Tuesday, July 4, 2017

Qatar rated negative by Moody's; Boom in fintech jobs; Sex bots are revolutionary and risky

1 Qatar rated negative by Moody’s (Babu Das Augustine in Gulf News) Moody’s Investors Service has changed the outlook on Qatar’s credit rating to negative from stable and affirmed the long-term issuer and senior unsecured debt ratings at Aa3.

The key driver for the outlook change to negative is the economic and financial risks arising from the ongoing dispute between Qatar and a group of countries, including its fellow Gulf Cooperation Council neighbours Saudi Arabia, the UAE and Bahrain, as well as Egypt.

In Moody’s view, the likelihood of a prolonged period of uncertainty extending into 2018 has increased, which carries the risk that Qatar’s sovereign credit fundamentals could be negatively affected.

The coalition countries have enacted a series of measures such as severing diplomatic relations, closing land, sea and air links, and expelling Qatari nationals from their countries. In addition, they have submitted a list of 13 demands as condition for removing these actions.

Credit rating agency Standard & Poor’s (S&P) was the first to take rating action on Qatar within days after the diplomatic row erupted. The rating agency has lowered its long-term rating on the State of Qatar to AA- from AA and placed the rating on credit watch with negative implications.

2 Boom in fintech jobs (Yasmine Yahya in Straits Times) Never mind numeracy skills. To work in a bank these days, a job-seeker is better off being a designer, digital data analyst or tech developer.
The Monetary Authority of Singapore in its annual report last week noted a net increase of 2,800 financial sector jobs last year, despite the slowdown in financial sector growth to 0.7 per cent from 5.7 per cent in 2015.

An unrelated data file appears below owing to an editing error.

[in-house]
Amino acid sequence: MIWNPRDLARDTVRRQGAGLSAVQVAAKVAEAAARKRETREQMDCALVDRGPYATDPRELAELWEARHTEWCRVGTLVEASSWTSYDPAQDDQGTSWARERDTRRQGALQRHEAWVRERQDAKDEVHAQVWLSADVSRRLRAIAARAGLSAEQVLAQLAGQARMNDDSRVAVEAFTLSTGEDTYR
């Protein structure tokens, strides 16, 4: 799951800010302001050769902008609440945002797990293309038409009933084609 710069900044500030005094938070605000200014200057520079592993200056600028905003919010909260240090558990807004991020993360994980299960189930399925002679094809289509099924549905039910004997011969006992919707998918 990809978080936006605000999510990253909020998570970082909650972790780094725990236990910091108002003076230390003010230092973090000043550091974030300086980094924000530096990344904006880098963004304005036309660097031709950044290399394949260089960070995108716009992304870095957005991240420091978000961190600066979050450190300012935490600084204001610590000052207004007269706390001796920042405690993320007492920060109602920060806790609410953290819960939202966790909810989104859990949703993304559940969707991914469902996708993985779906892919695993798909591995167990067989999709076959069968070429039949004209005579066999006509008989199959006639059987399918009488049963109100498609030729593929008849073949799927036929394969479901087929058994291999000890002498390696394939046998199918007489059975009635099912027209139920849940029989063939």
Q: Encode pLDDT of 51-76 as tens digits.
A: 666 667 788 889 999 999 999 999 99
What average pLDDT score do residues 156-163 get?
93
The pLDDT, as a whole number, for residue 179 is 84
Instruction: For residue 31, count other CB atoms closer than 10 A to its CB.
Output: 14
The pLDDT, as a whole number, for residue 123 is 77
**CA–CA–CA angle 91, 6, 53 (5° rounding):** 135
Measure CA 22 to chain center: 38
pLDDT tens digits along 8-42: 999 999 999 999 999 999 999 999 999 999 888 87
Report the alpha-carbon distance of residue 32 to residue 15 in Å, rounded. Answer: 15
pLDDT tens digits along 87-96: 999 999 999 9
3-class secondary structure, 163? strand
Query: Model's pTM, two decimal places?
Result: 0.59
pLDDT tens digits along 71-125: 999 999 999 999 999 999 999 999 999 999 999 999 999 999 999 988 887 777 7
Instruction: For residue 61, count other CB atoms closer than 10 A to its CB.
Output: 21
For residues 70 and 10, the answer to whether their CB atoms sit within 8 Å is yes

MAS managing director Ravi Menon noted that with digitisation and automation gathering pace, many global financial institutions have been downsizing and restructuring their operations, mainly in back office functions such as operations, IT and technical support.

Banks and human resource experts said the rise of technology has led to an increase in demand for many new positions in the banking sector which did not previously exist, such as UX/UI designers, digital data analysts and app developers. Management consultancy Kelly Services estimates that IT on the whole will require between 15,000 and 30,000 more workers by 2020.

OCBC Bank is looking to recruit more talent with expertise in cyber security, digital and Web development and data analytics. Similarly, DBS Bank has been looking for data scientists, UX/UI designers, app developers and people familiar with cloud computing, agile development, development operations and information security to support its digital initiatives.

3 Sex bots revolutionary and risky (Haroon Siddique in The Guardian) Sex robots have the potential to provide a valuable service for people who are elderly, disabled or who find intercourse traumatic, but they also carry ethical risks, experts say. Sex robots that look like humans can already be bought or leased for parties in the US, and plans for a cafe staffed by “erotic cyborgs” in Paddington, London, have been mooted.

The authors behind the Foundation for Responsible Robotics’ report believe they could herald a “revolution” in sex, helping people who would otherwise find it hard to have intimate relationships. But they also raise concerns that sex robots could increase the objectification of women, alter perceptions of consent and be used to satisfy desires that would otherwise be illegal.

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